The firm claims that its AI computer system can predict when people will die with 95 per cent accuracy.
Being a search engine used by around 1.17 billion users, Google perhaps has every information under the sun and beyond.
Now, it might also know when you will die. Google's Medical Brain team claims that feeding electronic health record data to a deep learning model could substantially improve the accuracy of projected outcomes.
The team is said to be training an artificial intelligence (AI) computer system that is 95 per cent accurate in predicting whether hospital patients will die 24 hours after admission. If the reports are to be believed, the AI system is around 10 per cent more accurate than traditional models or a hospital's own warning system. The tool can also predict a host of patient outcomes - such as how long they will stay in hospitals, their odds of re-admission and the death risk probabilities.
The neural network described in the study uses an immense amount of data, such as a patient's vitals and medical history, to make its predictions. An algorithm creates a timeline based on patient's previous records and uses it to predict the future outcomes, including the death. According to the journal Digital medicine, where the findings of the study were published, "This was significantly more accurate than the traditional predictive model.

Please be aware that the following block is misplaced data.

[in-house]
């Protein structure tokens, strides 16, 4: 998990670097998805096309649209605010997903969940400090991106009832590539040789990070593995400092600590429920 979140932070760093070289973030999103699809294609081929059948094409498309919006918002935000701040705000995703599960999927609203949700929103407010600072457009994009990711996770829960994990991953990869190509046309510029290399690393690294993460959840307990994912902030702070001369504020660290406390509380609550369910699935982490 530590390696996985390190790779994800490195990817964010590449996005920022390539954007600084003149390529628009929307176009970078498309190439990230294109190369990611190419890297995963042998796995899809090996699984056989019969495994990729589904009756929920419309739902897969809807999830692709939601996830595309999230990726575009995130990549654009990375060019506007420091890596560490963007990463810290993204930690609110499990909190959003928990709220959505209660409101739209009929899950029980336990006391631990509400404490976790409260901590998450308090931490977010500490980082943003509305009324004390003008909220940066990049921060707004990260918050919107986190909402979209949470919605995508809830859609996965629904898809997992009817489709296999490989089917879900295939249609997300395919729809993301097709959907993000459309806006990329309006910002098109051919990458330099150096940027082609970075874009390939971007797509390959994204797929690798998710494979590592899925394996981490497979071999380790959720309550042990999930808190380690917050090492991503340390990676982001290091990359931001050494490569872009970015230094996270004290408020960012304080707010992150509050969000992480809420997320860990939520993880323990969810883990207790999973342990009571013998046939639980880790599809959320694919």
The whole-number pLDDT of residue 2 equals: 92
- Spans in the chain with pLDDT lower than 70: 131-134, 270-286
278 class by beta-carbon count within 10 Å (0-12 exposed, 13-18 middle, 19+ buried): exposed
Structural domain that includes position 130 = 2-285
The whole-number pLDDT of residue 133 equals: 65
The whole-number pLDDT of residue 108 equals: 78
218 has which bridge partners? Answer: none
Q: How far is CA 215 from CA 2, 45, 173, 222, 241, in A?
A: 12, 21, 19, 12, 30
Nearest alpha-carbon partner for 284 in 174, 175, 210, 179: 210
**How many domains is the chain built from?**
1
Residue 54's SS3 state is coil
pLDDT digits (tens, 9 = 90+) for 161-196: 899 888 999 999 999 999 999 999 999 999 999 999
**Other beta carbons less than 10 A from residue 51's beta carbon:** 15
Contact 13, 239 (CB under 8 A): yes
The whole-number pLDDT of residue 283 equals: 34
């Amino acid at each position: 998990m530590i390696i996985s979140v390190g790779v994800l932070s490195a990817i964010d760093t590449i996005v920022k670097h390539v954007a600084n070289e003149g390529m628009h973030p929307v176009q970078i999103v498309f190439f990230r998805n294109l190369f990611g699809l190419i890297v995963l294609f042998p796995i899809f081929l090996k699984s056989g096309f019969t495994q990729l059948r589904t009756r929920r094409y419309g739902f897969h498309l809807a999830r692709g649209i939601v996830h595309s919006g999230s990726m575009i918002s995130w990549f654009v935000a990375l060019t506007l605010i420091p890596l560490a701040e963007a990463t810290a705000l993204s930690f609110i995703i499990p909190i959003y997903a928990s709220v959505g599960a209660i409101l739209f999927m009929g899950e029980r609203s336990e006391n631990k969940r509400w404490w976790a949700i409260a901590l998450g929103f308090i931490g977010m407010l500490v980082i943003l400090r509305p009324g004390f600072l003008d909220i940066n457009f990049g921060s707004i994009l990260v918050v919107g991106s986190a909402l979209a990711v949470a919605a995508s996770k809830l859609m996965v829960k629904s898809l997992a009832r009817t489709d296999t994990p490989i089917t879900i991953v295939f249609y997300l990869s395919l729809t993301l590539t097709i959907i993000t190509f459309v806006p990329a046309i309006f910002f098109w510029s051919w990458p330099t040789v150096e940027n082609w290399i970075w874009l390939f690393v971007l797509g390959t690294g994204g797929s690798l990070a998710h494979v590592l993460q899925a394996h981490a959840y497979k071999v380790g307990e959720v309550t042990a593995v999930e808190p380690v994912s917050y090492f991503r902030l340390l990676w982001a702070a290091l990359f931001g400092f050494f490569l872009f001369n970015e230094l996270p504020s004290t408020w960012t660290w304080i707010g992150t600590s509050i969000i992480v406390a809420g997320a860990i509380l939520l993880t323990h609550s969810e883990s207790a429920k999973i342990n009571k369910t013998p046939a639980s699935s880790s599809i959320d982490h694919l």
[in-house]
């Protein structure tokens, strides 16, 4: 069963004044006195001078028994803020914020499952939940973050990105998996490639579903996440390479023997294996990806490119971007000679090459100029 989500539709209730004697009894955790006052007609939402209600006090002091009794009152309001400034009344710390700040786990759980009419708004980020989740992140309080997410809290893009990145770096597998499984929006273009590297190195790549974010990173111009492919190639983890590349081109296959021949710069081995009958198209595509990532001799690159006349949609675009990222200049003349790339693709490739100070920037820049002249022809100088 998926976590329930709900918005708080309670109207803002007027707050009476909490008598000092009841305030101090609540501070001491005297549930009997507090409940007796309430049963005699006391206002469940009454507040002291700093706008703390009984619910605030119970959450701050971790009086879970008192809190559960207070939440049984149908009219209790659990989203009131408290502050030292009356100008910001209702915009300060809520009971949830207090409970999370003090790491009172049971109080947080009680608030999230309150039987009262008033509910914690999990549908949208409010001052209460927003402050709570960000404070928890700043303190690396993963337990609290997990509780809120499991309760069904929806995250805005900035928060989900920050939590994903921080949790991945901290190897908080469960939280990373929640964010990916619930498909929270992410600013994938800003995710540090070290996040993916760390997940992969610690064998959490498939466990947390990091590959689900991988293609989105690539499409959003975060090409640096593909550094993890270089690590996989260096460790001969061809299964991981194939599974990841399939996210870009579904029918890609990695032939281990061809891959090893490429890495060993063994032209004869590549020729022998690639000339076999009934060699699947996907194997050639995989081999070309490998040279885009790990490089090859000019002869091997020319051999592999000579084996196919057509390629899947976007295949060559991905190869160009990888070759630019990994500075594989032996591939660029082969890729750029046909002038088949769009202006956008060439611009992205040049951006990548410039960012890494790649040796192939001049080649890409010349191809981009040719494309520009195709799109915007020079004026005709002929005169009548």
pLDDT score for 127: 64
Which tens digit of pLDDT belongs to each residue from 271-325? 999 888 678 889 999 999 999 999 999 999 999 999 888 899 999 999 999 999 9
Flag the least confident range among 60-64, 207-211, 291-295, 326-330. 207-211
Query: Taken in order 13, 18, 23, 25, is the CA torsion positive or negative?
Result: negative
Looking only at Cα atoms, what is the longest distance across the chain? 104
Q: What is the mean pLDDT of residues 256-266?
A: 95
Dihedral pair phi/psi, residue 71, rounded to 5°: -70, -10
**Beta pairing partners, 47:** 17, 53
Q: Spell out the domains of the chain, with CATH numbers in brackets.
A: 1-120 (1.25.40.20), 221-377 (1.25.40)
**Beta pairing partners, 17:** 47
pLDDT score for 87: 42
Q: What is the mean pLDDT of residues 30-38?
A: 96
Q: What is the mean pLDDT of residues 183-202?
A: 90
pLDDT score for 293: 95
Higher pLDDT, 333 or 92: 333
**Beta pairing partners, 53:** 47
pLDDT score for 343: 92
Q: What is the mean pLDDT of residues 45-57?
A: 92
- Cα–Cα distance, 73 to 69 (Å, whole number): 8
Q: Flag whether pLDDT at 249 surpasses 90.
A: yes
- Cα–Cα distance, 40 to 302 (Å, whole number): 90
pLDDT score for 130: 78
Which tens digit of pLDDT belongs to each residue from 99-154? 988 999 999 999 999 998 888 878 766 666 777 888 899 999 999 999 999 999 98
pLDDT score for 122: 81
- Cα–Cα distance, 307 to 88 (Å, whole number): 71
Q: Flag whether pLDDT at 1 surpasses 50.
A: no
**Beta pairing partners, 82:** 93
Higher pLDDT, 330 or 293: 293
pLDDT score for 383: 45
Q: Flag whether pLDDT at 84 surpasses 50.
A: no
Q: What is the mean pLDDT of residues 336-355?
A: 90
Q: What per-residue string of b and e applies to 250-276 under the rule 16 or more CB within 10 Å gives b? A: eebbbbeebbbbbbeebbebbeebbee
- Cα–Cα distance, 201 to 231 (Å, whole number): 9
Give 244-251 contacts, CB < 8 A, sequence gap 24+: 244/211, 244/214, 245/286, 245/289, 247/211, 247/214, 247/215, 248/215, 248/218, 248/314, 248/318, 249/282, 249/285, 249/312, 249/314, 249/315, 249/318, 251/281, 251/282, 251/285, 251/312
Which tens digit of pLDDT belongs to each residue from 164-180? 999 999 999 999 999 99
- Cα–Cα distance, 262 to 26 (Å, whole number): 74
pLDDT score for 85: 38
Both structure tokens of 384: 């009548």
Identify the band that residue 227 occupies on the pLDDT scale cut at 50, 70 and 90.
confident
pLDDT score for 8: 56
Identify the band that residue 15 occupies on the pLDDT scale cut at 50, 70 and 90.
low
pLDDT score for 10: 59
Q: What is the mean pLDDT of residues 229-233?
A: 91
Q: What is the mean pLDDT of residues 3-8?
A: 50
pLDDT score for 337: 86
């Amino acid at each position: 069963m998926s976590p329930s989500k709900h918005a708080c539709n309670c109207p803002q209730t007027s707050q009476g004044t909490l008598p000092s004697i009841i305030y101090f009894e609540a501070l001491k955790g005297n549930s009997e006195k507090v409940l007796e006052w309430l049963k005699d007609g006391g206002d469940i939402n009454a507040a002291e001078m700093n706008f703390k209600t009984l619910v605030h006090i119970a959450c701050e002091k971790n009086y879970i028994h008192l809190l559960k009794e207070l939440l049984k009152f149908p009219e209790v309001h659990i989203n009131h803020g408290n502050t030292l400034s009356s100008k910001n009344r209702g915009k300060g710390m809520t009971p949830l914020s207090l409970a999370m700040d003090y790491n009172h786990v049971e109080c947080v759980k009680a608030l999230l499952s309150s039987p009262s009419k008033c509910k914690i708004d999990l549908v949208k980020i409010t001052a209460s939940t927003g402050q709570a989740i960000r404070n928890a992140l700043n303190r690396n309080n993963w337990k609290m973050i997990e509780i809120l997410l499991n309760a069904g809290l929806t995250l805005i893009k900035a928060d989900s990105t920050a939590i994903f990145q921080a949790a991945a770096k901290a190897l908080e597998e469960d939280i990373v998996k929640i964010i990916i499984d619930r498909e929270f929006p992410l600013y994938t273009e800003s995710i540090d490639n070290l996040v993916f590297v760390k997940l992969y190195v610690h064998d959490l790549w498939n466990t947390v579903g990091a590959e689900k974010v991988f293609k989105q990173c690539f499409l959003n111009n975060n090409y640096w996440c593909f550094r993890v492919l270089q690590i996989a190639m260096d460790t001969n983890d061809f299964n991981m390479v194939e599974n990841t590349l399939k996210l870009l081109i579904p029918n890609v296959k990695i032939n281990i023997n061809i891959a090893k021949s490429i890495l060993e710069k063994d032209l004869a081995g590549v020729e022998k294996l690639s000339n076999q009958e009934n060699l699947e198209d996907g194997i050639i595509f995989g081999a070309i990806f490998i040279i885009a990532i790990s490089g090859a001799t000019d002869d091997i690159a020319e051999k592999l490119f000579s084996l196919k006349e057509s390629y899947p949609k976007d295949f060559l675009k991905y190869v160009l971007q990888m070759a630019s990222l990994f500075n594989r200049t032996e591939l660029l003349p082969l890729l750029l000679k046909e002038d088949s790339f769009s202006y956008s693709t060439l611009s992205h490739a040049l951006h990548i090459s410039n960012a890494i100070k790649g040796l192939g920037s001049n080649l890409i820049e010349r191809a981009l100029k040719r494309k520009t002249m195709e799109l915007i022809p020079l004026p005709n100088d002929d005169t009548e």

These models outperformed traditional, clinically-used predictive models in all cases. We believe that this approach can be used to create accurate and scalable predictions for a variety of clinical scenarios."
The obvious question that arises in mind is that there is nothing one can do rather than getting stressed about inevitable. However, the productive side of AI system is that hospitals could find new ways to prioritise patient care, adjust treatment plans, and catch medical emergencies before they even occur